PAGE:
The Black Audio Film Collective, which was founded in 1982 and existed until 1998, was an important voice in the debate on representation policy that place in 1980s Britain. Its documentaries combined politics with the enjoyment taken from experimenting with form. HANDSWORTH SONGS (John Akomfrah, UK 1986, 2. & 4.2.) is a multi-voice film essay that came out of the 1985 riots in Handsworth, Birmingham and London. A mosaic of images, sounds, archive material, footage of the riots and old family photos, results in a multi-perspective collage.

DEUX FOIS (Jackie Raynal, France 1968, 4. & 6.2.), is an important work from the feminist underground. It begins with an apocalyptic announcement that Jackie Raynal herself addresses directly at the camera. "This work will be the end of signification." Raynal was part of the Zanzibar group, an informal collective that brought together some 12 artists (incl. Philippe Garrel, Pierre Clémenti and Serge Bard) and was named after the island under Maoist rule at the time. Some 15 Zanzibar films came out between 1968 and 1973. They were all financed by the young oil heir Sylvina Boissonas and thus totally disconnected from the funding and distribution structures of the time. Because of their association with the fashion world (there were many close links to Warhol's Factory) the members of the Zanzibar group became known as the dandies of May '68.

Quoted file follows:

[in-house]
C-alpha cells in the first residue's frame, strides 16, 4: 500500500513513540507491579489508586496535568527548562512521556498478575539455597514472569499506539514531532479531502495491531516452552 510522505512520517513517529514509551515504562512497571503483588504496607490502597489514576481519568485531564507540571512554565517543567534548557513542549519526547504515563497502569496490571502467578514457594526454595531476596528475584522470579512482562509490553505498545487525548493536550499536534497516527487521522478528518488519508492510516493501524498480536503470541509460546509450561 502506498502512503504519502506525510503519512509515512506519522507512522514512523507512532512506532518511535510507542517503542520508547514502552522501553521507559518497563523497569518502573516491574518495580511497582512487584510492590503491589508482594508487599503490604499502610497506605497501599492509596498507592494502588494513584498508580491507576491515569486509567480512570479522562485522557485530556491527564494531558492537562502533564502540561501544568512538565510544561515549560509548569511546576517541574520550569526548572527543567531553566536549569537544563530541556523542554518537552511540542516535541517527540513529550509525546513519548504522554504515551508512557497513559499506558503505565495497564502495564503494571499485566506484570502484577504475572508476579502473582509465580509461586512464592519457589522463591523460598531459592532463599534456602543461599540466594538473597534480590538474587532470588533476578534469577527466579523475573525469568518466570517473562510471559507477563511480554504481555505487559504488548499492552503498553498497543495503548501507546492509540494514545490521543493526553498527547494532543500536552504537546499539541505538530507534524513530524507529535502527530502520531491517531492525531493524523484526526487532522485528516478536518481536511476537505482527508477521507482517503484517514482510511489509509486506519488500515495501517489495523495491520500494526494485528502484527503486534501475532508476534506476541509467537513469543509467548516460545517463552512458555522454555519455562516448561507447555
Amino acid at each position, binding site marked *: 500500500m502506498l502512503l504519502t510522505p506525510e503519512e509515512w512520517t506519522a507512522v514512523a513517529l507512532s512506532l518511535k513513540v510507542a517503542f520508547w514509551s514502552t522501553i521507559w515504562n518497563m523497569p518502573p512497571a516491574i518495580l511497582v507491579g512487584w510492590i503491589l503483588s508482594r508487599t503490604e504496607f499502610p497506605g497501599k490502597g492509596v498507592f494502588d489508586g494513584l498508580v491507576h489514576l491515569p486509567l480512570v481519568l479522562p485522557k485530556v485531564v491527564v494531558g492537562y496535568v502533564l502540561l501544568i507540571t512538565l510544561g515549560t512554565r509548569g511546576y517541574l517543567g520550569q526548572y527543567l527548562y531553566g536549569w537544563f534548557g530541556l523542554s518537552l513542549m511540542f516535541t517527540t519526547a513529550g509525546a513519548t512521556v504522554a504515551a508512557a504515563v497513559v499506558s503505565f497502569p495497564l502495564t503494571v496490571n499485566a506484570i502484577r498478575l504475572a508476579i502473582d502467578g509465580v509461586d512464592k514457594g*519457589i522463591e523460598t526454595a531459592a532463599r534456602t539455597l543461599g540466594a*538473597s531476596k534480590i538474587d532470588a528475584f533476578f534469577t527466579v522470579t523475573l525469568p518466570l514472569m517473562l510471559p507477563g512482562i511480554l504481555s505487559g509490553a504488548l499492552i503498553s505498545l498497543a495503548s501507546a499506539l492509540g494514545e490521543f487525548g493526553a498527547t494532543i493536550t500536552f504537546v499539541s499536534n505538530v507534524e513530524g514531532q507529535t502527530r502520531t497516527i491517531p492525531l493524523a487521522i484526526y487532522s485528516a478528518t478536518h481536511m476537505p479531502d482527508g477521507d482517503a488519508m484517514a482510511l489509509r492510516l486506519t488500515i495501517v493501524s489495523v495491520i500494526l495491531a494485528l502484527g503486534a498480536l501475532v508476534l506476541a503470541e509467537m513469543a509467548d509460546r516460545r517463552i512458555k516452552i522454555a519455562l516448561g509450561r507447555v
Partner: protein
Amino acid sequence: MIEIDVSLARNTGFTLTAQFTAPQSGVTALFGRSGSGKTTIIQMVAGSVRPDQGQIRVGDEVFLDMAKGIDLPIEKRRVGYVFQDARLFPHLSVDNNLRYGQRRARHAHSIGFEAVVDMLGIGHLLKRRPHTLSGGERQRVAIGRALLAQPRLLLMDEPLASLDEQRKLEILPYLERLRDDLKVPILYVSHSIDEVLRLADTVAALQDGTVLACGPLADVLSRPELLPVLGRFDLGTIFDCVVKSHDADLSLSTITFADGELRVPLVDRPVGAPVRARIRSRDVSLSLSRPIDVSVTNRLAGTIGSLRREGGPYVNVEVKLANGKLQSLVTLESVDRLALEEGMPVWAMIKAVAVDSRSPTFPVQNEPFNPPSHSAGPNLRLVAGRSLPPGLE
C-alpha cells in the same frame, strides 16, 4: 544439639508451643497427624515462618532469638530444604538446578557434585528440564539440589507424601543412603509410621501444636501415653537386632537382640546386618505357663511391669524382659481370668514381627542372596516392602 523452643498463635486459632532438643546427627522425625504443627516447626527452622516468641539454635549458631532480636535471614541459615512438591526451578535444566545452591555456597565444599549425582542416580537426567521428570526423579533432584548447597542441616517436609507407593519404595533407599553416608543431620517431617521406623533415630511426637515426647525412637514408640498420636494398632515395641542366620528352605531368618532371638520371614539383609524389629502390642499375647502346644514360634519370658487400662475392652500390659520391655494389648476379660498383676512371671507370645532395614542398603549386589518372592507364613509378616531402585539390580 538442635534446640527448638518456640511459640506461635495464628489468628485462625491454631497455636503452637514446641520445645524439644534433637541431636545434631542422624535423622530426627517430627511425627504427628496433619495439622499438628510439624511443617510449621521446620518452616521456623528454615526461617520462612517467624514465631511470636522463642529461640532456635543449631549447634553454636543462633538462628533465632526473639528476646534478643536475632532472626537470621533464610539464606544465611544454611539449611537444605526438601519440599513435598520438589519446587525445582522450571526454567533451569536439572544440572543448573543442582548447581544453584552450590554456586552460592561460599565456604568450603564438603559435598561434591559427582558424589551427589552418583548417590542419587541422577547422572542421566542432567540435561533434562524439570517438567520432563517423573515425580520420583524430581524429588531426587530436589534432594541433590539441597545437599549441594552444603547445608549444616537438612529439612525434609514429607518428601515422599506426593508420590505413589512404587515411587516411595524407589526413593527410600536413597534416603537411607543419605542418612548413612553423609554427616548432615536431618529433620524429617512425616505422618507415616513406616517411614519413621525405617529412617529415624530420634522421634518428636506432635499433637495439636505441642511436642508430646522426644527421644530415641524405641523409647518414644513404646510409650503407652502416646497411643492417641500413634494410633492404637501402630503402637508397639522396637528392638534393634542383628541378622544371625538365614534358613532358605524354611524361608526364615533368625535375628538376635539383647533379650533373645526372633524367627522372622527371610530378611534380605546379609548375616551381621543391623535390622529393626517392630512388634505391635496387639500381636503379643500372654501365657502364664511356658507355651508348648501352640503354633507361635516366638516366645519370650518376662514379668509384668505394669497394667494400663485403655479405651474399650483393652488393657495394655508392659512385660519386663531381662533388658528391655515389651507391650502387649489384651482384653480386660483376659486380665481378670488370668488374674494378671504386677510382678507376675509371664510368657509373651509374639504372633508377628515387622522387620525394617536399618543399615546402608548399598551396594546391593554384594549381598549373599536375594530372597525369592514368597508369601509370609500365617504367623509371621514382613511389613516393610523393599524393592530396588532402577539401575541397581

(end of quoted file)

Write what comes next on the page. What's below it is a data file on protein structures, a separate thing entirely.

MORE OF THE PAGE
KILLER.BERLIN.DOC (Bettina Ellerkamp, Jörg Heitmann, Germany 1999, 5.2. in the presence of the directors & 8.2.) In May 1998, ten people in Berlin decided to turn their lives into fiction for 14 days. They played "Killer" - a children's game in which each of them became the persecutor and the victim. They spun a web over the city, depicting paths, places and encounters, painting a subjective portrait of life in contemporary Berlin, in a "period of waiting". dogfilm, of which Merle Kröger, Ed van Megen and Philip Scheffner were also members alongside Bettina Ellerkamp and Jörg Heitmann, produced the film, as well as many other joint video and TV productions from 1991 to 1999.